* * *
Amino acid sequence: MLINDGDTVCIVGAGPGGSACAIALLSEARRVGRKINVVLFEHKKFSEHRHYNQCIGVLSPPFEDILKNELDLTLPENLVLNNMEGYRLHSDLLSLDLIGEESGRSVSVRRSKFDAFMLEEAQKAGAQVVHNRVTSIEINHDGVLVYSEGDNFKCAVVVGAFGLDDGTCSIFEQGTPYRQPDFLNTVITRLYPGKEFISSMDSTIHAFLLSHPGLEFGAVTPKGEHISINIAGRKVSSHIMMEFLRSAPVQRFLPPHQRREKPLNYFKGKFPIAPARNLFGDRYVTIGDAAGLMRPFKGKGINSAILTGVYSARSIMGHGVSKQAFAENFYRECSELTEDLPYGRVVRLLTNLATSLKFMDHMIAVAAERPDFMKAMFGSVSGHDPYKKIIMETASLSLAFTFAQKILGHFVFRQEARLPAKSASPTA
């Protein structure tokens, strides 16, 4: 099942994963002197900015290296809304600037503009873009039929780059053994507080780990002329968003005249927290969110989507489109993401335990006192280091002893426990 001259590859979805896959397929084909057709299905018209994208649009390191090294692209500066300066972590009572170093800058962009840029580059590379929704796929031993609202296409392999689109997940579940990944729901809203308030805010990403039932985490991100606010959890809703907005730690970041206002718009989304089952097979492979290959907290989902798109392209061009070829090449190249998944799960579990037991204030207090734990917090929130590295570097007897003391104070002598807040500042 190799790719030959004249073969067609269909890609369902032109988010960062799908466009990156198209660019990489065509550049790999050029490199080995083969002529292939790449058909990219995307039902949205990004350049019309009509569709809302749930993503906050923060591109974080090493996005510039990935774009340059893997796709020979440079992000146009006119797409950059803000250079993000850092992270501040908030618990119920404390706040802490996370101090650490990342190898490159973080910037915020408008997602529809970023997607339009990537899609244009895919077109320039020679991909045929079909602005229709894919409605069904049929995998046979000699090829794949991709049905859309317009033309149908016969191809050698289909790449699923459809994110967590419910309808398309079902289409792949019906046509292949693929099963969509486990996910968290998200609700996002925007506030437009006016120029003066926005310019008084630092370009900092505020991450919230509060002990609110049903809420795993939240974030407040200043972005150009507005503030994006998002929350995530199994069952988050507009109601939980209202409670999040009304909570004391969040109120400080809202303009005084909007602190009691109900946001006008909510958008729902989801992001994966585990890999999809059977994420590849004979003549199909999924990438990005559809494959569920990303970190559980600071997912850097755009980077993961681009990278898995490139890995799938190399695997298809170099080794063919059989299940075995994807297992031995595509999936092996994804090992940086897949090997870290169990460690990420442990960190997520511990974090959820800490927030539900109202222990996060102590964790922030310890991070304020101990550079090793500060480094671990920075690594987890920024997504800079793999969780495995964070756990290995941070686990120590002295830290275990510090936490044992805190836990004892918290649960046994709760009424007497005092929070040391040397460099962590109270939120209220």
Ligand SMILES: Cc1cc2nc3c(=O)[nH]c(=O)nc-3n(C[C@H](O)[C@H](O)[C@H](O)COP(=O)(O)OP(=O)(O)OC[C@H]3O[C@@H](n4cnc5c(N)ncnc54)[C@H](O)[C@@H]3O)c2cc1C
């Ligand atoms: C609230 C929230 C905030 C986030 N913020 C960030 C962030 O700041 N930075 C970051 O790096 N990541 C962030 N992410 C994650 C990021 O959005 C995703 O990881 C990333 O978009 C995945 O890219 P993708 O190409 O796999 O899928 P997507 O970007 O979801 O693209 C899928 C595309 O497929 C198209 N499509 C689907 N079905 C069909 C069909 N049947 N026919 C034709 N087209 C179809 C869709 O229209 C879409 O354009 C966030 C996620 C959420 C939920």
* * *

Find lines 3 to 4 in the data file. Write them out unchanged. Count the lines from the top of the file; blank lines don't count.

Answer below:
Ligand SMILES: Cc1cc2nc3c(=O)[nH]c(=O)nc-3n(C[C@H](O)[C@H](O)[C@H](O)COP(=O)(O)OP(=O)(O)OC[C@H]3O[C@@H](n4cnc5c(N)ncnc54)[C@H](O)[C@@H]3O)c2cc1C
């Ligand atoms: C609230 C929230 C905030 C986030 N913020 C960030 C962030 O700041 N930075 C970051 O790096 N990541 C962030 N992410 C994650 C990021 O959005 C995703 O990881 C990333 O978009 C995945 O890219 P993708 O190409 O796999 O899928 P997507 O970007 O979801 O693209 C899928 C595309 O497929 C198209 N499509 C689907 N079905 C069909 C069909 N049947 N026919 C034709 N087209 C179809 C869709 O229209 C879409 O354009 C966030 C996620 C959420 C939920």